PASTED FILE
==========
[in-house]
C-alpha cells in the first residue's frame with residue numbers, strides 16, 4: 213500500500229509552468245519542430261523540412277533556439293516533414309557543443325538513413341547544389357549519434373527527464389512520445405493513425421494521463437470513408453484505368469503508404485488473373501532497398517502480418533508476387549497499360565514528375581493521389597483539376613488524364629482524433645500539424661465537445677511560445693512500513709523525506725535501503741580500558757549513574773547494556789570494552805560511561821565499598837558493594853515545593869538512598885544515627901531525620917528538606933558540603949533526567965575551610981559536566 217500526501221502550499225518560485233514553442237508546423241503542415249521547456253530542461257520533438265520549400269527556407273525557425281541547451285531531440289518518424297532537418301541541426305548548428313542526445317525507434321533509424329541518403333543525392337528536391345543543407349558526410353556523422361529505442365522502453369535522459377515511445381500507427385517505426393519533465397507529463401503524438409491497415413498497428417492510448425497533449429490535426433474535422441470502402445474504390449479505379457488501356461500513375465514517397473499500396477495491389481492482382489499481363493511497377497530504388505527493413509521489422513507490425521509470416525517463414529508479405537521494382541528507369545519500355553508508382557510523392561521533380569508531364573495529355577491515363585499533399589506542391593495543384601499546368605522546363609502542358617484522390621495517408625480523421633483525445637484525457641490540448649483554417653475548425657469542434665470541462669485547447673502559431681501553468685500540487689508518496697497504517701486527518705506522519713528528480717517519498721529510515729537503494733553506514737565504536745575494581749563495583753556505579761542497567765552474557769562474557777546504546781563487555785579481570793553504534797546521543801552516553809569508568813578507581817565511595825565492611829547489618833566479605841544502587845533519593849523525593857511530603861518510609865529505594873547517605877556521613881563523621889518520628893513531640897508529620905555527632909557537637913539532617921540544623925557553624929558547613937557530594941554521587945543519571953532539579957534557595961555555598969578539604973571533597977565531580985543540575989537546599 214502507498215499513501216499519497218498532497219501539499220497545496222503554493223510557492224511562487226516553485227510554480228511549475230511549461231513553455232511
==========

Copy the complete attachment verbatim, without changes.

[in-house]
C-alpha cells in the first residue's frame with residue numbers, strides 16, 4: 213500500500229509552468245519542430261523540412277533556439293516533414309557543443325538513413341547544389357549519434373527527464389512520445405493513425421494521463437470513408453484505368469503508404485488473373501532497398517502480418533508476387549497499360565514528375581493521389597483539376613488524364629482524433645500539424661465537445677511560445693512500513709523525506725535501503741580500558757549513574773547494556789570494552805560511561821565499598837558493594853515545593869538512598885544515627901531525620917528538606933558540603949533526567965575551610981559536566 217500526501221502550499225518560485233514553442237508546423241503542415249521547456253530542461257520533438265520549400269527556407273525557425281541547451285531531440289518518424297532537418301541541426305548548428313542526445317525507434321533509424329541518403333543525392337528536391345543543407349558526410353556523422361529505442365522502453369535522459377515511445381500507427385517505426393519533465397507529463401503524438409491497415413498497428417492510448425497533449429490535426433474535422441470502402445474504390449479505379457488501356461500513375465514517397473499500396477495491389481492482382489499481363493511497377497530504388505527493413509521489422513507490425521509470416525517463414529508479405537521494382541528507369545519500355553508508382557510523392561521533380569508531364573495529355577491515363585499533399589506542391593495543384601499546368605522546363609502542358617484522390621495517408625480523421633483525445637484525457641490540448649483554417653475548425657469542434665470541462669485547447673502559431681501553468685500540487689508518496697497504517701486527518705506522519713528528480717517519498721529510515729537503494733553506514737565504536745575494581749563495583753556505579761542497567765552474557769562474557777546504546781563487555785579481570793553504534797546521543801552516553809569508568813578507581817565511595825565492611829547489618833566479605841544502587845533519593849523525593857511530603861518510609865529505594873547517605877556521613881563523621889518520628893513531640897508529620905555527632909557537637913539532617921540544623925557553624929558547613937557530594941554521587945543519571953532539579957534557595961555555598969578539604973571533597977565531580985543540575989537546599 214502507498215499513501216499519497218498532497219501539499220497545496222503554493223510557492224511562487226516553485227510554480228511549475230511549461231513553455232511